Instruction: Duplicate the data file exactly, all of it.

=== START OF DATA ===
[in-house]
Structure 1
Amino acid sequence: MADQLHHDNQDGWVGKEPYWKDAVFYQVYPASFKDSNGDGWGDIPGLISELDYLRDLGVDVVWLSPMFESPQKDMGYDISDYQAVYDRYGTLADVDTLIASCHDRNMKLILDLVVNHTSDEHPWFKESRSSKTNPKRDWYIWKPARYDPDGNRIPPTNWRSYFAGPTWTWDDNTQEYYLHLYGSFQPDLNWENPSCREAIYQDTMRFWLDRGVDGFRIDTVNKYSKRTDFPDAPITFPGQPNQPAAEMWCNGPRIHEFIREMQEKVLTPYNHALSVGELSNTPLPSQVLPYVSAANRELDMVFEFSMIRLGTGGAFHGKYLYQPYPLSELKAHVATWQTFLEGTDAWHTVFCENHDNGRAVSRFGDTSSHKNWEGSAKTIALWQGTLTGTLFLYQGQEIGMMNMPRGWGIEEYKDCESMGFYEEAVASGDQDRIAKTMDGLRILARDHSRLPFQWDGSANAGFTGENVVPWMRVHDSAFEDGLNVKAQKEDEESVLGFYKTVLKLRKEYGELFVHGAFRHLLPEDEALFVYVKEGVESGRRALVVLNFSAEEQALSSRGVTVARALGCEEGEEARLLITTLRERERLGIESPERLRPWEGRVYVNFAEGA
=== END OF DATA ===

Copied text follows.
[in-house]
Structure 1
Amino acid sequence: MADQLHHDNQDGWVGKEPYWKDAVFYQVYPASFKDSNGDGWGDIPGLISELDYLRDLGVDVVWLSPMFESPQKDMGYDISDYQAVYDRYGTLADVDTLIASCHDRNMKLILDLVVNHTSDEHPWFKESRSSKTNPKRDWYIWKPARYDPDGNRIPPTNWRSYFAGPTWTWDDNTQEYYLHLYGSFQPDLNWENPSCREAIYQDTMRFWLDRGVDGFRIDTVNKYSKRTDFPDAPITFPGQPNQPAAEMWCNGPRIHEFIREMQEKVLTPYNHALSVGELSNTPLPSQVLPYVSAANRELDMVFEFSMIRLGTGGAFHGKYLYQPYPLSELKAHVATWQTFLEGTDAWHTVFCENHDNGRAVSRFGDTSSHKNWEGSAKTIALWQGTLTGTLFLYQGQEIGMMNMPRGWGIEEYKDCESMGFYEEAVASGDQDRIAKTMDGLRILARDHSRLPFQWDGSANAGFTGENVVPWMRVHDSAFEDGLNVKAQKEDEESVLGFYKTVLKLRKEYGELFVHGAFRHLLPEDEALFVYVKEGVESGRRALVVLNFSAEEQALSSRGVTVARALGCEEGEEARLLITTLRERERLGIESPERLRPWEGRVYVNFAEGA